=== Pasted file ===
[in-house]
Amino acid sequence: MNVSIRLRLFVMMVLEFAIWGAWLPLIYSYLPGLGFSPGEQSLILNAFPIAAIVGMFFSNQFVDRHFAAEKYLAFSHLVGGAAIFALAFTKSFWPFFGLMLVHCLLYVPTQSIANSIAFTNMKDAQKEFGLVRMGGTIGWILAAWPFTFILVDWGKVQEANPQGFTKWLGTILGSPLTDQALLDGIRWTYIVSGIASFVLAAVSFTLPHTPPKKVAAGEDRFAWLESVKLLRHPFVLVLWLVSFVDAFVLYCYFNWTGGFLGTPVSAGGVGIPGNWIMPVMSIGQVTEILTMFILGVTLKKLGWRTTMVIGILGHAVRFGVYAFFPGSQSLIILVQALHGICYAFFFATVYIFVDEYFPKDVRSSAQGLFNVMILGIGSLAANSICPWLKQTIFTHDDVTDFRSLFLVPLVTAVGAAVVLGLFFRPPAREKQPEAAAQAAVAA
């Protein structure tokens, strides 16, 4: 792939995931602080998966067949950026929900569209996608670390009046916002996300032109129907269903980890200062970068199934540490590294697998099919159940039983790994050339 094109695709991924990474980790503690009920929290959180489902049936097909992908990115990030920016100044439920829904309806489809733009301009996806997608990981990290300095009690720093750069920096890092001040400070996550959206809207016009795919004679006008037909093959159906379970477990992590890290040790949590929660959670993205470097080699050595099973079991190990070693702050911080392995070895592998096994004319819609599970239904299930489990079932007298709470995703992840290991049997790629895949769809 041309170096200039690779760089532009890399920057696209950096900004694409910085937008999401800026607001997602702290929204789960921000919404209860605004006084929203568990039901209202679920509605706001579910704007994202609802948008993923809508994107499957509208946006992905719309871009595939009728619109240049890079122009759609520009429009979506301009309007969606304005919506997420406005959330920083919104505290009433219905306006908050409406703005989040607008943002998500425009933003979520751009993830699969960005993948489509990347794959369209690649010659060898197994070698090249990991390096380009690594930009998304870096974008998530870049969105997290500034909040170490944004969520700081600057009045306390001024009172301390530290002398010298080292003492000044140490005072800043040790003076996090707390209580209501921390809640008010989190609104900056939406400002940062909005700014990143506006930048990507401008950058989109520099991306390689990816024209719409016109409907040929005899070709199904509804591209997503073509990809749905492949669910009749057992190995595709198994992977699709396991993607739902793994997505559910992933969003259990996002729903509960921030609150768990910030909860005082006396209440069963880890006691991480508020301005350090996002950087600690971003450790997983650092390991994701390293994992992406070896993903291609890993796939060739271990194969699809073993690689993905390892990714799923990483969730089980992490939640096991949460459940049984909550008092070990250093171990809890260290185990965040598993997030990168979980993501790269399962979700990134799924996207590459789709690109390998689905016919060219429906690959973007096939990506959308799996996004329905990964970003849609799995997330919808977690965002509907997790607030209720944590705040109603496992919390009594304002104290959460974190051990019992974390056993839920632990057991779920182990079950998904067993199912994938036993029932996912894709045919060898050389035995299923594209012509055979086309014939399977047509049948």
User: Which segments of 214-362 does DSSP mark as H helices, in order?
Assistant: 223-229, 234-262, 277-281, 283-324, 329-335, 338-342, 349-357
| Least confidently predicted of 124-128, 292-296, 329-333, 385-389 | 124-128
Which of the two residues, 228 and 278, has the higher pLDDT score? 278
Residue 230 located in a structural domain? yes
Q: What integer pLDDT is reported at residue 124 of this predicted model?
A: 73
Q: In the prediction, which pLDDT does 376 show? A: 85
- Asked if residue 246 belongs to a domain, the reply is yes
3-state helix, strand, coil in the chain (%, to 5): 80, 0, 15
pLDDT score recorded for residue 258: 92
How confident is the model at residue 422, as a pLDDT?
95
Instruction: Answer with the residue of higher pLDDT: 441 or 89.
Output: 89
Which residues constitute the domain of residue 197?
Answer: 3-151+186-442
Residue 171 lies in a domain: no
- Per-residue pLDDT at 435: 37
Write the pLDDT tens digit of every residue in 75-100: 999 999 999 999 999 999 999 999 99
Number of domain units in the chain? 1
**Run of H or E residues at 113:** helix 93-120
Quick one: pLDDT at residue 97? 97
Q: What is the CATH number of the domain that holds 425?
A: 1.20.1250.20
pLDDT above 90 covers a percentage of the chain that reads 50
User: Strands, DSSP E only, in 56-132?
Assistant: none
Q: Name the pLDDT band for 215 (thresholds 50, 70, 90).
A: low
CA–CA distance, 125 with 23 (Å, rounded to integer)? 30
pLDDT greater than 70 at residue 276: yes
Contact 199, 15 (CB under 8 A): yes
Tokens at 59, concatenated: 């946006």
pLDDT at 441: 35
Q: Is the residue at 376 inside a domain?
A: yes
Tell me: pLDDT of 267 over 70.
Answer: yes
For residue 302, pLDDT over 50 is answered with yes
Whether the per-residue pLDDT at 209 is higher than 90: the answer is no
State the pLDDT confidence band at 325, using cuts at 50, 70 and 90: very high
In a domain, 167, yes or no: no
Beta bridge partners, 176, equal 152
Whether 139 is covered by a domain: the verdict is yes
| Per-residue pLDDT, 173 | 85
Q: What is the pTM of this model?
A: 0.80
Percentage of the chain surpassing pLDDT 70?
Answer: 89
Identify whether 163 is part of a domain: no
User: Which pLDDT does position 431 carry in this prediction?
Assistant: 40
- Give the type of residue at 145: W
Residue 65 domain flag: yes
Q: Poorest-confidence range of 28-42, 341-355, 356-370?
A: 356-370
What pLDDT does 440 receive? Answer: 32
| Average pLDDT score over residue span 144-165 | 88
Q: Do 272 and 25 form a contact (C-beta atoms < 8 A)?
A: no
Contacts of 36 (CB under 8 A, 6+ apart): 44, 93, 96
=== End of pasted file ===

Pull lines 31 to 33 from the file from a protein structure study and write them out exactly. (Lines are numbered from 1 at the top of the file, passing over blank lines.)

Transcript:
Assistant: none
Q: Name the pLDDT band for 215 (thresholds 50, 70, 90).
A: low